“I’ll never forget how they looked after my dad…with great care, kindness and dignity”
Ruth Fawcett is swimming 5k with her husband and daughters at this year’s Swimathon in memory of her father, James, who died from a brain tumour. It’s Ruth’s tribute to her father and her way of giving back to Marie Curie who helped him through his final weeks.
Ruth, the youngest of three daughters, remembers fondly her father’s love of his caravan and his boats, and how they’d go fishing and water skiing on weekends and holidays. He was a devoted father and grandfather, and great fun to be with.
“Dad was a great family man. He loved singing and playing the keyboard and having a Bacardi and Diet Coke on weekends. Without anyone asking, he also did all the practical stuff at home, like changing the light bulbs, washing the cars or cutting the grass.”
James had always been healthy and active. At 67, he was still working, out of choice, as a salesman for a home furnishing business.
It took everyone in the family by surprise when James came home from work, staggered up the front steps of his home, and collapsed. He was admitted to hospital, where they diagnosed that he had suffered a stroke.
James went home to recuperate and enjoyed being off work, going out with his wife Grace to the shops and for short walks, and had plenty of visits with his daughters.
It was less than three months later when Ruth got a phone call from her mum who was concerned about James’ health again. Ruth stayed the night with them to keep an eye on him.
“In the middle of the night, I heard a loud thud coming from the bathroom and realised Dad had fallen. I had to force open the door, lift him up off the floor and carry him back to his room. It was really upsetting to see my strong, happy Dad so frail and fragile. I knew then something was seriously wrong.”
The next day, James was taken to hospital. A neurosurgeon conducted a scan and x-rays, and found a tumour the size of an apple on James’ brain. That same night, which was James’ 68th birthday, he was rushed into surgery.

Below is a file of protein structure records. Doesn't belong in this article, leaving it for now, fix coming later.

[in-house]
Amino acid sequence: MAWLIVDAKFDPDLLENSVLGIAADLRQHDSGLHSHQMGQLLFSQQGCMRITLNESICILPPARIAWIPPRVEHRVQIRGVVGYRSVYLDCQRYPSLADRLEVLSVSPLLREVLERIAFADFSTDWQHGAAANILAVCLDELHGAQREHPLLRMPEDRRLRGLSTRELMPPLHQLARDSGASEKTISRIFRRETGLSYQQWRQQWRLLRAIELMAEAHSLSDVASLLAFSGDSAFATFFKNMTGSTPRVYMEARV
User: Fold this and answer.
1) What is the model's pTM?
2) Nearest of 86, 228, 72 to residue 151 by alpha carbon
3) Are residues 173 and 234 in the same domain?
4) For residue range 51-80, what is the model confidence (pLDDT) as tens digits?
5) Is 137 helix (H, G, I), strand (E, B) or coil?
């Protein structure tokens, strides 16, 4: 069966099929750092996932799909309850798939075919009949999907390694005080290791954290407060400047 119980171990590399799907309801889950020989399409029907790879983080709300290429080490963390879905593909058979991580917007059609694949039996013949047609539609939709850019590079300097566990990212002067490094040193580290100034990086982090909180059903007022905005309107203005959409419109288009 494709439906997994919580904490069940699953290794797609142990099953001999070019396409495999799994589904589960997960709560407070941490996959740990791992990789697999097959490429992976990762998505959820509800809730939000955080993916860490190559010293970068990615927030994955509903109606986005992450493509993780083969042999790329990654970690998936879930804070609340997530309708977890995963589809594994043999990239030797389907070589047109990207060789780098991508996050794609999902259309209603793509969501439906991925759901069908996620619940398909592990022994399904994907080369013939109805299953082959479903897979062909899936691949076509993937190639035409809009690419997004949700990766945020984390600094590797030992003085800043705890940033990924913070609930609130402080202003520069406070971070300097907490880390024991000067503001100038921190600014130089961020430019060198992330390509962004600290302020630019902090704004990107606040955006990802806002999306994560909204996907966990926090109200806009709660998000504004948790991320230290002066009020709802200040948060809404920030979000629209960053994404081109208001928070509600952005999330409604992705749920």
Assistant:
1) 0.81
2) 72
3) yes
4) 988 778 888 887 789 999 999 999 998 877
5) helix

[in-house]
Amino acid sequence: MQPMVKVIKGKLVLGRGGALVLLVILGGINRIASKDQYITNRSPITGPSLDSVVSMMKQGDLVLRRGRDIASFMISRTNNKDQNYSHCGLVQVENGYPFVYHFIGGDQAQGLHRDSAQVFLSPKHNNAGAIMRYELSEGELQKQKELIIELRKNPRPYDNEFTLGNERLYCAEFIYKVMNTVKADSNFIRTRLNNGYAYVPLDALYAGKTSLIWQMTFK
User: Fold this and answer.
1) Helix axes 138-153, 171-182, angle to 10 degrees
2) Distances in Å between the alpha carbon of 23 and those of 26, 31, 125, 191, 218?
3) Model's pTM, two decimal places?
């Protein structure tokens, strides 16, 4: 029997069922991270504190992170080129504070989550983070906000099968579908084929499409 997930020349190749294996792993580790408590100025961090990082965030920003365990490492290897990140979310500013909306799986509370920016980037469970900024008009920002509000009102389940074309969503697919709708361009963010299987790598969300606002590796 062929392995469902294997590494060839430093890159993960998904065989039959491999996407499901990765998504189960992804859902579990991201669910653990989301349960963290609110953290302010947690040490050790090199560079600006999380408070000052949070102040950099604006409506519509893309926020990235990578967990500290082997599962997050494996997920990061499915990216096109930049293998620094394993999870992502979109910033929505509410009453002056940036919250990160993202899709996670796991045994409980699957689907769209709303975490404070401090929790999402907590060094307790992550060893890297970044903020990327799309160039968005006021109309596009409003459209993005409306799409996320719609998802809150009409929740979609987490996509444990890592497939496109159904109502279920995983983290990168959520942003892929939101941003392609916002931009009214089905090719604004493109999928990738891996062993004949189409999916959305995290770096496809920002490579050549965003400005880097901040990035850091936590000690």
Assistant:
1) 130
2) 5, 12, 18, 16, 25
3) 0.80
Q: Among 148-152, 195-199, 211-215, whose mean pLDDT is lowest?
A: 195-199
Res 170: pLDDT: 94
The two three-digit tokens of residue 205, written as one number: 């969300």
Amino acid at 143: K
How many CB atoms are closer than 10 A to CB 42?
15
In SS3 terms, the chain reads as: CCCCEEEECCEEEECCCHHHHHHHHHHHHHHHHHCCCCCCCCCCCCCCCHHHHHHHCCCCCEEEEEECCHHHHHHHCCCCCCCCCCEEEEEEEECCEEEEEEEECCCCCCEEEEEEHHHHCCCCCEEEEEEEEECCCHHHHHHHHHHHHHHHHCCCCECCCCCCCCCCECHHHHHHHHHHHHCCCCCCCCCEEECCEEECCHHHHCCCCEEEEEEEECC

Ruth was then told what she had feared most: that her father’s cancer was fast-growing and aggressive, and he would have less than six months to live.
“I can’t even describe in words how I felt. It was awful and having to tell my sisters and mum was the hardest thing I’ve ever had to do. It was devastating news.”
Care and compassion at difficult times
After the surgery, James’ health deteriorated. That was when he was referred to the Marie Curie Hospice, Belfast, where he spent his last weeks of life. Ruth remembers not just the wonderful care her father was given at the hospice, but also the emotional support that was offered to the whole family.
“I’ll never forget how they looked after my dad. The Marie Curie hospice staff were angels on earth, treating Dad with the great care, kindness and dignity he deserved.
“We were always greeted with a friendly face and smile. They took away all of the burden and stress, allowing us to just enjoy the time we had left with Dad in a loving, happy environment.”
A bittersweet moment
James died peacefully at the hospice in May 2000 with his family by his side. Just before he died, Ruth had told him the happy news he had been waiting to hear: that she and her husband were expecting their first baby.
“The first person I wanted to tell was Dad. By then, he had completely lost his speech but when I told him, ‘You’re going to be a granddad again at Christmas’ Dad looked into my eyes and squeezed my hand tight. I knew he was so happy for me. Sadly he never got to meet my baby.”
Grace was born in December 2000, followed by her sister, Victoria, three years later.
“I make sure the girls know all about their grandfather. I show them photos of Dad and tell them stories from my childhood. They’re such bright, beautiful girls and I know Dad would be so proud of them.”
A tribute to Dad and Granddad
In honour of her father, Ruth and her family took part in their first Swimathon in 2015, swimming 15k in total and raising an amazing £930 for Marie Curie. And this year, they’re taking on the Swimathon challenge again.
“Dad was always very generous. If someone was in need, Dad was always the first one to step up. So it feels like the right thing to do, to support the charity that has done so much for me and my family.
“We can never repay our debt of gratitude to Marie Curie, but we can donate to help them help another family like mine.”
If you’re inspired by Ruth’s story, sign up now for Swimathon 2017 and swim 1.5k, 2.5k or 5k, as a team or individual, at a pool near you!